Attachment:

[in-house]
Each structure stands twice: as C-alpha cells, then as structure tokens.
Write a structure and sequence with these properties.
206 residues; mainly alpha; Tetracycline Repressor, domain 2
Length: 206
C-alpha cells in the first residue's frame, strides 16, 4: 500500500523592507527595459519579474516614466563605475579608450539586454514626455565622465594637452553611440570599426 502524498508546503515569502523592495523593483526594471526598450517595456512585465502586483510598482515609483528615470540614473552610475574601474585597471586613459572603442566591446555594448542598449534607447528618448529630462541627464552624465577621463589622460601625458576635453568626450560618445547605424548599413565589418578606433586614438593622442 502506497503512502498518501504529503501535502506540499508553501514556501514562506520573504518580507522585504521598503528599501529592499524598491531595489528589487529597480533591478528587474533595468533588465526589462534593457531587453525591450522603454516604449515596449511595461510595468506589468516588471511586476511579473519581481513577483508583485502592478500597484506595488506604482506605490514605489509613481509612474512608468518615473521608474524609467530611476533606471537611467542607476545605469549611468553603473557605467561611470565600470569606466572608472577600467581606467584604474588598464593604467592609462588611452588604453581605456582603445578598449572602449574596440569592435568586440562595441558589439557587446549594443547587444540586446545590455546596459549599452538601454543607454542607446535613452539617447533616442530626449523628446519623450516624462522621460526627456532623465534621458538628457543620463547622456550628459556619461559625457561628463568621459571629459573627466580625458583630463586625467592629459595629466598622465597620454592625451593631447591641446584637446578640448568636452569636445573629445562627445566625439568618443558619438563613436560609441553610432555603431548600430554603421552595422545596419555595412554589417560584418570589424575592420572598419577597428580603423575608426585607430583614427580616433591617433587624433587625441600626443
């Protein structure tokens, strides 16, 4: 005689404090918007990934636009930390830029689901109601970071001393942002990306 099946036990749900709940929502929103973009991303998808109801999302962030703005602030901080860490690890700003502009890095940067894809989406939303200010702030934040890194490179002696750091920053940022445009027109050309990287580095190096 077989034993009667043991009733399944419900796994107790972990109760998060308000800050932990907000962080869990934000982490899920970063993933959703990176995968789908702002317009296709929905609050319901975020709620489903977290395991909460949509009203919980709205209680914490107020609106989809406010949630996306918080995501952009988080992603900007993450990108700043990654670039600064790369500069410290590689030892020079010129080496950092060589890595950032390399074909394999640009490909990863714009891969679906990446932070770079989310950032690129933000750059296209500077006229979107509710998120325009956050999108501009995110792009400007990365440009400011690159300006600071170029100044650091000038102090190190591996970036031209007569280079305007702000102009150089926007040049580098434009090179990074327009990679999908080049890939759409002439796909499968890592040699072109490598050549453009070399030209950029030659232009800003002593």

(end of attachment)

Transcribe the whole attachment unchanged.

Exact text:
[in-house]
Each structure stands twice: as C-alpha cells, then as structure tokens.
Write a structure and sequence with these properties.
206 residues; mainly alpha; Tetracycline Repressor, domain 2
Length: 206
C-alpha cells in the first residue's frame, strides 16, 4: 500500500523592507527595459519579474516614466563605475579608450539586454514626455565622465594637452553611440570599426 502524498508546503515569502523592495523593483526594471526598450517595456512585465502586483510598482515609483528615470540614473552610475574601474585597471586613459572603442566591446555594448542598449534607447528618448529630462541627464552624465577621463589622460601625458576635453568626450560618445547605424548599413565589418578606433586614438593622442 502506497503512502498518501504529503501535502506540499508553501514556501514562506520573504518580507522585504521598503528599501529592499524598491531595489528589487529597480533591478528587474533595468533588465526589462534593457531587453525591450522603454516604449515596449511595461510595468506589468516588471511586476511579473519581481513577483508583485502592478500597484506595488506604482506605490514605489509613481509612474512608468518615473521608474524609467530611476533606471537611467542607476545605469549611468553603473557605467561611470565600470569606466572608472577600467581606467584604474588598464593604467592609462588611452588604453581605456582603445578598449572602449574596440569592435568586440562595441558589439557587446549594443547587444540586446545590455546596459549599452538601454543607454542607446535613452539617447533616442530626449523628446519623450516624462522621460526627456532623465534621458538628457543620463547622456550628459556619461559625457561628463568621459571629459573627466580625458583630463586625467592629459595629466598622465597620454592625451593631447591641446584637446578640448568636452569636445573629445562627445566625439568618443558619438563613436560609441553610432555603431548600430554603421552595422545596419555595412554589417560584418570589424575592420572598419577597428580603423575608426585607430583614427580616433591617433587624433587625441600626443
């Protein structure tokens, strides 16, 4: 005689404090918007990934636009930390830029689901109601970071001393942002990306 099946036990749900709940929502929103973009991303998808109801999302962030703005602030901080860490690890700003502009890095940067894809989406939303200010702030934040890194490179002696750091920053940022445009027109050309990287580095190096 077989034993009667043991009733399944419900796994107790972990109760998060308000800050932990907000962080869990934000982490899920970063993933959703990176995968789908702002317009296709929905609050319901975020709620489903977290395991909460949509009203919980709205209680914490107020609106989809406010949630996306918080995501952009988080992603900007993450990108700043990654670039600064790369500069410290590689030892020079010129080496950092060589890595950032390399074909394999640009490909990863714009891969679906990446932070770079989310950032690129933000750059296209500077006229979107509710998120325009956050999108501009995110792009400007990365440009400011690159300006600071170029100044650091000038102090190190591996970036031209007569280079305007702000102009150089926007040049580098434009090179990074327009990679999908080049890939759409002439796909499968890592040699072109490598050549453009070399030209950029030659232009800003002593």